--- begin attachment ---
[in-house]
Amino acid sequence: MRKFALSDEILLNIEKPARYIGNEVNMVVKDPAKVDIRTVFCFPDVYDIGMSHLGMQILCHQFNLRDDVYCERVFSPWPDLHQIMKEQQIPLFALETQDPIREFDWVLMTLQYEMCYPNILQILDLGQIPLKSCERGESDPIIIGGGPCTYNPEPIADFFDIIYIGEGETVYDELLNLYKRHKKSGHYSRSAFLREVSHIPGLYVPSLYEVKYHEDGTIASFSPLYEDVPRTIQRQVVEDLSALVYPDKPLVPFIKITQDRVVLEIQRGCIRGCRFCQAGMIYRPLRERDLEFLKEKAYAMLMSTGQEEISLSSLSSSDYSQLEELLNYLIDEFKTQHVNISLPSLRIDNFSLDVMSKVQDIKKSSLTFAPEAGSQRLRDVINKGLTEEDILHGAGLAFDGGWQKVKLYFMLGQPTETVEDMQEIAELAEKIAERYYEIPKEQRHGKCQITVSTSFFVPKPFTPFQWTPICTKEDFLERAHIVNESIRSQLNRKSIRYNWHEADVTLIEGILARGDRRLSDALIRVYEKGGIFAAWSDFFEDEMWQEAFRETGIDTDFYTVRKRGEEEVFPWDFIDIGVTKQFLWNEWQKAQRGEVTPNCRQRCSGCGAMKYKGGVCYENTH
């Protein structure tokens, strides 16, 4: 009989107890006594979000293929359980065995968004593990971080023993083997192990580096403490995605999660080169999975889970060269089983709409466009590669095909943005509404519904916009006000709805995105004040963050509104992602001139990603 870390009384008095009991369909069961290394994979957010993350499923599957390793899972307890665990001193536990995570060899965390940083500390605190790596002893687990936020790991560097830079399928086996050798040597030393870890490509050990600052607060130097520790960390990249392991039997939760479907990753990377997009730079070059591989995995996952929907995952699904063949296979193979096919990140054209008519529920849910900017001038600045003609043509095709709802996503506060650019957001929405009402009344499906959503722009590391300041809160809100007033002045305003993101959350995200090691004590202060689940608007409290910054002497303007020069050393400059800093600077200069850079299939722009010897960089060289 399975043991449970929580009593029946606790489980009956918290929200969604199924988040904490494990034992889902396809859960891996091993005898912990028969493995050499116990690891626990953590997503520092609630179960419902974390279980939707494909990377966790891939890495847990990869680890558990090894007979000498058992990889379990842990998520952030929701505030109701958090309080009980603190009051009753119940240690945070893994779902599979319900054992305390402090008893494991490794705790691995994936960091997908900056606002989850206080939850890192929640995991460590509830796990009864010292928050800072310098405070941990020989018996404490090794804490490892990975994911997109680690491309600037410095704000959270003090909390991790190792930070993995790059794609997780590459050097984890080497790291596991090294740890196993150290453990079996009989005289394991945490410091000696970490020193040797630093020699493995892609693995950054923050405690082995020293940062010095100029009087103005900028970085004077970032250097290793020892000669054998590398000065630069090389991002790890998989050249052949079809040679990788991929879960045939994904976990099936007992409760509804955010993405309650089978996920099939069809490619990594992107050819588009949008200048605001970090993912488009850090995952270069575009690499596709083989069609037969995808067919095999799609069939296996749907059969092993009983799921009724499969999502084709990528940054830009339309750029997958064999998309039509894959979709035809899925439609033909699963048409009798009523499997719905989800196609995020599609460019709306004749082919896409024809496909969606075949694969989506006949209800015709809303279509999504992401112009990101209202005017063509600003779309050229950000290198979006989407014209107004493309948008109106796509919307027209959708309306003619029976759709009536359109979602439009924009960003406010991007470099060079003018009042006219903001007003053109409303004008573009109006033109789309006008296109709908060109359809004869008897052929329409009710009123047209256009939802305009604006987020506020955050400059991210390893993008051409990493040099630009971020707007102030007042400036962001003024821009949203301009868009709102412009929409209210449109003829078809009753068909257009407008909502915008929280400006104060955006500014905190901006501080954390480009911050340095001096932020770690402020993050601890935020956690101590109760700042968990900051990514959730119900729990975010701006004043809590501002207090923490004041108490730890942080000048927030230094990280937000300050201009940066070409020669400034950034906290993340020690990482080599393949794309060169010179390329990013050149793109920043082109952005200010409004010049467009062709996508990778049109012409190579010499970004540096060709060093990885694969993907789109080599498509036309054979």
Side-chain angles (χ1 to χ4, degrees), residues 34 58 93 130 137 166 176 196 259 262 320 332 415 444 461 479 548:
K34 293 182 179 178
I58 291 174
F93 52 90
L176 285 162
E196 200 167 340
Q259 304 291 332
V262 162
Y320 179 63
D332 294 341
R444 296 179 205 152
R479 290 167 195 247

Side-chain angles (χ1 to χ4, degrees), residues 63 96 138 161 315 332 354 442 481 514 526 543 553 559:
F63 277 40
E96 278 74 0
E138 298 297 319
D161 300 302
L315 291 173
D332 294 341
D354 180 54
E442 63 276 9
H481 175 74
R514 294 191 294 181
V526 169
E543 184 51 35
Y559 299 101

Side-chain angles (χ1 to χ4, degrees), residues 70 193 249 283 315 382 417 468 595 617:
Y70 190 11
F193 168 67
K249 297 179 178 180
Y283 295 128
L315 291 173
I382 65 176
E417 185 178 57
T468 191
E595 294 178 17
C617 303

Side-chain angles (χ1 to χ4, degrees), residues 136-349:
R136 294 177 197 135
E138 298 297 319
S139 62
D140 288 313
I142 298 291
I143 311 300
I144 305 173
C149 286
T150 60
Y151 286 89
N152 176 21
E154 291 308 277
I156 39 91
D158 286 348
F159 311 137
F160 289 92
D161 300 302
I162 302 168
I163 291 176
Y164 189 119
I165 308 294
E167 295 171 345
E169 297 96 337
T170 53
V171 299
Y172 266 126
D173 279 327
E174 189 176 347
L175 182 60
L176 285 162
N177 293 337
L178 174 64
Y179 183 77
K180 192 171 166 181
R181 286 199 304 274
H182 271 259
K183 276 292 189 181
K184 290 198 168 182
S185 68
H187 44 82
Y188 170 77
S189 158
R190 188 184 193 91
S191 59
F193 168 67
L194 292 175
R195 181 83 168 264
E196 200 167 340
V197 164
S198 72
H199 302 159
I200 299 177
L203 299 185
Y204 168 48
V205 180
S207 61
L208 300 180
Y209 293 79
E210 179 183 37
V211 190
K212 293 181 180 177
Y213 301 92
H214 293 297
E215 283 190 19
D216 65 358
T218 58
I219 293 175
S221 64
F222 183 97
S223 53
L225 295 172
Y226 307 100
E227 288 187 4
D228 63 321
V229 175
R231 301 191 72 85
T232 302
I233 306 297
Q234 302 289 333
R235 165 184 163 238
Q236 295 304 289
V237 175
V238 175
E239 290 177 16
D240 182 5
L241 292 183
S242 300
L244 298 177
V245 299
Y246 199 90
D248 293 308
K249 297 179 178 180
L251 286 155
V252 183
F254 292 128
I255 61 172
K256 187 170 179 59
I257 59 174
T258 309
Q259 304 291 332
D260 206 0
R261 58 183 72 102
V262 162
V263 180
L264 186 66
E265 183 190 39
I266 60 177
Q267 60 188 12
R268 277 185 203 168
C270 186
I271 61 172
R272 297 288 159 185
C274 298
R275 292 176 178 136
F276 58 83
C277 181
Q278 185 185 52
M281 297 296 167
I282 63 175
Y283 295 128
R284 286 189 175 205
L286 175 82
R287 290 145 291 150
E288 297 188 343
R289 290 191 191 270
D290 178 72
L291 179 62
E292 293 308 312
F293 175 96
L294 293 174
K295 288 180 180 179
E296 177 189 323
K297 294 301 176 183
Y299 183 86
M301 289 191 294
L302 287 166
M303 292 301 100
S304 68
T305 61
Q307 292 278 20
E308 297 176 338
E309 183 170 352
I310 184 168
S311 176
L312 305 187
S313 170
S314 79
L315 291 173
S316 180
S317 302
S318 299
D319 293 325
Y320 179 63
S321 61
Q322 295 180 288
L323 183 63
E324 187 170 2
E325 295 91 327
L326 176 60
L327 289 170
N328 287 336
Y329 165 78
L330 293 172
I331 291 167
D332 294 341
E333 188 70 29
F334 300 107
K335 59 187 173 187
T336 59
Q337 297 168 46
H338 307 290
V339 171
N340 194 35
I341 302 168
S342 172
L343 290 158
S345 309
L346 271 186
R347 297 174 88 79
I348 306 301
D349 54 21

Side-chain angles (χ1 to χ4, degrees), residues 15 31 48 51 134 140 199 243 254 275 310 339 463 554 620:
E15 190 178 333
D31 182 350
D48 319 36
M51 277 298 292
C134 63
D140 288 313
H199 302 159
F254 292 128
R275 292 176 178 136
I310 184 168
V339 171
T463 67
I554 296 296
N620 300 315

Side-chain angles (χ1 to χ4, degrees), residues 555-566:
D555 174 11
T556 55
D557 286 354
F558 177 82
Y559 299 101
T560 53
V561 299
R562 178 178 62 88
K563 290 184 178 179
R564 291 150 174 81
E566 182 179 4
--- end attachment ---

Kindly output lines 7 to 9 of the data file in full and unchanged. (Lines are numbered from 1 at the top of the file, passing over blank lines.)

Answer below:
F93 52 90
L176 285 162
E196 200 167 340